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Weekly Feed3 Mins Read

Kristal Weekly Feed I 13th January 2020

Had a busy week? Missed out on the latest news in the financial world? Here’s a short summary of some major global headlines over the last week.

Positives

  • The US Labor Report results in the dollar and stocks indexes reaching fresh highs
  • Major Asian markets close higher this week

Negatives

  • Renewed Middle-East tensions lead to stocks sliding from their record highs
  • Gold has a volatile week – reaches seven-year high before falling

 

Now, for more detail.

 

Positives

1. The US Labor Report results in the dollar and stocks indexes reaching fresh highs

What You Should Know

On Friday, the US Labor Report highlighted that the job growth had slowed in December close to a 50-year low of 3.5 percent. Further, the Labor Department also reported an increase in non-farm payrolls that were keeping up with the growth of the population. Further, there was a drop in the yield on US government debt that kept in track with the country’s longest economic expansion in history. This led to the markets reaching fresh highs. The Dow Jones Industrial Average crossed the 29,000-mark for the first time. The S&P 500 Index climbed 0.20 percent and the Nasdaq Composite Index climbed 0.32 percent. The US Dollar also had its biggest weekly gain in over two months.

What You Should Look Out For

While the US-China trade war was leading to a lot of volatility in the market, the recent tensions between Iran and the US have made it more unpredictable. As the US economy strives to maintain its growth path despite the obstacles, investors will do well to keep a close watch on the updates surrounding these events to ensure that they are on the right side of the line.

Suggested Reading

 

2. Major Asian markets close higher this week

What You Should Know

As the tensions between the US and Iran eased over the course of the week and the US markets reached fresh highs, major Asian markets found themselves in positive territories. Japan’s Nikkei 225 climbed 0.47 percent and Topix climbed 0.35 percent. South Korea’s Kospi climbed 0.91 percent and Taiwan’s Taiex climbed 0.45 percent. Also, Hong Kong’s Hang Seng Index climbed 0.19 percent.

What You Should Look Out For

With renewed tensions between Iran and the US, the market had already started rolling back the highs. Investors need to keep an eye open for developments around the US-Iran conflict and the trade agreement between China and the US to determine if the growth will continue as a trend.

Suggested Reading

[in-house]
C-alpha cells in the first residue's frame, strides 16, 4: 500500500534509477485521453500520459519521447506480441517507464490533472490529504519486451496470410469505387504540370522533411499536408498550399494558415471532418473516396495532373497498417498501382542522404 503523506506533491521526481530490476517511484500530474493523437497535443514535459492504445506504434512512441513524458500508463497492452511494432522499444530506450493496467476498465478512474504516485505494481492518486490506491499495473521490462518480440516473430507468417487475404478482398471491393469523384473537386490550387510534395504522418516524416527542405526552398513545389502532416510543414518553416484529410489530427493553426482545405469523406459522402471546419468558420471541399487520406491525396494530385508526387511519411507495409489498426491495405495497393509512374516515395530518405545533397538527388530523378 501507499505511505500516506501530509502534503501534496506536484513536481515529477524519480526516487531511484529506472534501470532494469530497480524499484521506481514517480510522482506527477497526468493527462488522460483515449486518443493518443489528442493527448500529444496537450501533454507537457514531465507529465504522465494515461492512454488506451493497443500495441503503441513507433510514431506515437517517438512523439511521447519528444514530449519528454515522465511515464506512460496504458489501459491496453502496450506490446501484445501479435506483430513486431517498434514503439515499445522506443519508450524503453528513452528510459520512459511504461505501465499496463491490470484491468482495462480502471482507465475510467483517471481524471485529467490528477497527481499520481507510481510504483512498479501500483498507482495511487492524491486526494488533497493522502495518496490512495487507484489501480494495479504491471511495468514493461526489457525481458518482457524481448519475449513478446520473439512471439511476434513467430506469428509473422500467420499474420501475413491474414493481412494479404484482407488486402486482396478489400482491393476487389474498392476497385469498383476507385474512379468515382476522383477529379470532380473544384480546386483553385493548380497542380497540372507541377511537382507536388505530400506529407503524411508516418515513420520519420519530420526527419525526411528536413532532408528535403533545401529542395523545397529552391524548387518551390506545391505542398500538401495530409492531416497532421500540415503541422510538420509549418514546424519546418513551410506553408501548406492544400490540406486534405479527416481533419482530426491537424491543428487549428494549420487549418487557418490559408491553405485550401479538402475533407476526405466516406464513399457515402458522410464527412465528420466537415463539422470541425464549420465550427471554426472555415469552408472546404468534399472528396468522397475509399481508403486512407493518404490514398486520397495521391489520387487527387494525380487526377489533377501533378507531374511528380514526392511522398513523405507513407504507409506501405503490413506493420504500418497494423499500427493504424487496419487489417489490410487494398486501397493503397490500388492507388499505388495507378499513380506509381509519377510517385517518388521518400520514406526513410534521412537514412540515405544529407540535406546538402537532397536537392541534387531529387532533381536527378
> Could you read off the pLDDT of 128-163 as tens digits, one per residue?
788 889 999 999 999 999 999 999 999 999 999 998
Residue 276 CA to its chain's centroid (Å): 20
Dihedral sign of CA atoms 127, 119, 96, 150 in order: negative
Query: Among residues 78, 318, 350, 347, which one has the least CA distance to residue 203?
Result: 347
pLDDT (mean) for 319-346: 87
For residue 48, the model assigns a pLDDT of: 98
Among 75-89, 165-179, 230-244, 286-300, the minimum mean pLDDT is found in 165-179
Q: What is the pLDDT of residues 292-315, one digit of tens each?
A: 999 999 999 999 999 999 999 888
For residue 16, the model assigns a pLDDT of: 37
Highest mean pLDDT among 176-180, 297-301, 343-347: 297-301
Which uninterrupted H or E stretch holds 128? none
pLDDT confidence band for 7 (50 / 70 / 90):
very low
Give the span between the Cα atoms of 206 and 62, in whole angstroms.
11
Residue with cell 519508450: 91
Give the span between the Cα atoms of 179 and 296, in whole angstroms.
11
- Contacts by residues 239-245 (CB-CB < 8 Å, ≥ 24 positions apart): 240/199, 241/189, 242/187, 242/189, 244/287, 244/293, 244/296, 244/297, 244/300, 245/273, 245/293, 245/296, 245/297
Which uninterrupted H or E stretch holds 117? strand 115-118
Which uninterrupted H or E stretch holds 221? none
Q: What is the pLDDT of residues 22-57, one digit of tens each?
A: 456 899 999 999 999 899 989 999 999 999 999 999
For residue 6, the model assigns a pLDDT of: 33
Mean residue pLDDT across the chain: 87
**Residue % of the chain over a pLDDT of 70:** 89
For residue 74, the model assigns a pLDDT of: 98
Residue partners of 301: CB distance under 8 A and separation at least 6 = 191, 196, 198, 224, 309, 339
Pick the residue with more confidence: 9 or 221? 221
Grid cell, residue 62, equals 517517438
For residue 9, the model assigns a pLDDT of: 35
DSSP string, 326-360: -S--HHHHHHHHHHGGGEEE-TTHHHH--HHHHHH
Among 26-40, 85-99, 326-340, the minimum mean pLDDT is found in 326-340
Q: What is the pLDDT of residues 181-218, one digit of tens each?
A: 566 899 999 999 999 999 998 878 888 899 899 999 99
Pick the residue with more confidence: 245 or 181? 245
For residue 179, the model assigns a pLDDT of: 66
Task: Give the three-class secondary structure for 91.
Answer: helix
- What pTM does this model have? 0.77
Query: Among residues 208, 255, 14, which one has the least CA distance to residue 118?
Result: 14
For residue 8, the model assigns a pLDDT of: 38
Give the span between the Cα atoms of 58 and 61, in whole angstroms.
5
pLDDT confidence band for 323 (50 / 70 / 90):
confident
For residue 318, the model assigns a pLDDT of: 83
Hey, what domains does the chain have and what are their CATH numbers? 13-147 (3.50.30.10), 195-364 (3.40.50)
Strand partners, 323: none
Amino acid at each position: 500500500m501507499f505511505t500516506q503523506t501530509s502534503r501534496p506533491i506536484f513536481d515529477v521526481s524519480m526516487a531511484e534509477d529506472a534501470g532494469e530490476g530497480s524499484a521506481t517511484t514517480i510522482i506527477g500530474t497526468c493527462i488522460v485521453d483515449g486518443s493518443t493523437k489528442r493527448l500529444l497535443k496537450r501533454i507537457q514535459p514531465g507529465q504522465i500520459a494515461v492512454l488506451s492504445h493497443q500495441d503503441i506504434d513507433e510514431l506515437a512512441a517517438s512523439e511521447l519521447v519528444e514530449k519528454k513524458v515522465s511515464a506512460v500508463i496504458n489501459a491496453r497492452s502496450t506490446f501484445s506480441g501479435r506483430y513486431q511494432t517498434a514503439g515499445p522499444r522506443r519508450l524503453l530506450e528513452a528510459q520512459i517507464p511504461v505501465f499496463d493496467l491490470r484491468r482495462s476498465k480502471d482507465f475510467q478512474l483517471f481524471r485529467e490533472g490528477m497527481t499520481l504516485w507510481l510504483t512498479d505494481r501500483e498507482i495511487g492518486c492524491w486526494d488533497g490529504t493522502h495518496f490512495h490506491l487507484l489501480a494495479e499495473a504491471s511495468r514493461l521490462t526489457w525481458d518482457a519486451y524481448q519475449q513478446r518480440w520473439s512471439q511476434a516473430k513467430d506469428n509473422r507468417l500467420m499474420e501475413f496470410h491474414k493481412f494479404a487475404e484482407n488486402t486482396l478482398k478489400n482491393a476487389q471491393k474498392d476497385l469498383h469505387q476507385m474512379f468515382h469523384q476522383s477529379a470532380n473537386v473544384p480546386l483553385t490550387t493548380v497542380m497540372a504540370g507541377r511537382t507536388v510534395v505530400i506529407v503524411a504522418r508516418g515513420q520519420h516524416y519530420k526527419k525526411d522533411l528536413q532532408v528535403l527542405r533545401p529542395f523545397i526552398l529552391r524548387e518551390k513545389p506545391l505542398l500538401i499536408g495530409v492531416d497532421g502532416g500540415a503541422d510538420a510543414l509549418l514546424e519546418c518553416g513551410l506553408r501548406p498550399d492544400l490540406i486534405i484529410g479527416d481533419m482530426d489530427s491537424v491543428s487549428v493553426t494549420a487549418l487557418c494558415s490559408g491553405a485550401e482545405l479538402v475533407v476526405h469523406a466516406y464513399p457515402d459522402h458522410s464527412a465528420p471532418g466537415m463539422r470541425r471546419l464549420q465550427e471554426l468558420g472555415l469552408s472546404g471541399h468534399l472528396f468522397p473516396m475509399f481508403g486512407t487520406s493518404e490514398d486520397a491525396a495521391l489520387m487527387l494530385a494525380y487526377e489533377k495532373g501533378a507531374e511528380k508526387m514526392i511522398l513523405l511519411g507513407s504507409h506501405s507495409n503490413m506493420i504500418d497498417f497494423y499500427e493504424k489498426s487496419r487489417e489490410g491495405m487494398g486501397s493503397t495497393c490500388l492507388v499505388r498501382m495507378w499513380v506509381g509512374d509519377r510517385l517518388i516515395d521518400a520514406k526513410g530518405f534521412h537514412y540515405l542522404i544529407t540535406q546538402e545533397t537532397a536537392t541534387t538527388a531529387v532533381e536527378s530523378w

Negatives

1. Renewed Middle-East tensions lead to stocks sliding from their record highs

What You Should Know

While the positive US Labor Report had driven the market sentiment positive, renewed tensions between Iran and the US, led the dollar and equity markets to slide back from their record highs. Iran initiated a missile attack on the US troops this week that led to the US imposing sanctions on Iran. After the initial climb, the dollar fell from the four-week high against the Yen. The Dow Jones Industrial Average fell 0.36 percent, S&P 500 0.17 percent, and Nasdaq Composite fell 0.14 percent.

What You Should Look Out For

With worries about the conflict continuing for a longer term, the markets are treading carefully. Investors need to keep a close eye on the updates as they develop in the Middle East and the US-China trade negotiation to ensure that they make the right investment decisions.

Suggested Reading 1

2. Gold has a volatile week – reaches seven-year high before falling

What You Should Know

Gold experienced a highly volatile week with prices reaching a seven-year high of $1613 per ounce and closing at a low of $1541 per ounce. This volatility was a direct outcome of the tensions between Iran and the US. Subsequently, as the leaders of both the countries declared that they won’t retaliate further, the markets gained composure and gold futures rose by $8.50 and fixed at $1562.80.

What You Should Look Out For

Although the de-escalation seems to have allayed the fears and the markets seem to be recovering, it will be prudent for investors to stick to the basics and focus on the fundamental economic data before making investing decisions.

Suggested Reading

Disclaimer

The materials and data contained herein are for information only and shall in no event be construed as an offer to purchase or sell or the solicitation of an offer to purchase or sell any securities in any jurisdiction. Kristal Advisors does not make any representation, undertaking, warranty or guarantee as to the update, completeness, correctness, reliability or accuracy of the materials and data herein. All opinions, forecasts or estimation expressed herein are subject to change without prior notice. Kristal Advisors and its affiliates accept no liability or responsibility whatsoever for any direct or consequential loss and/or damages arising out of or in relation to any use of opinions, forecasts, materials and data contained herein or otherwise arising in connection therewith.

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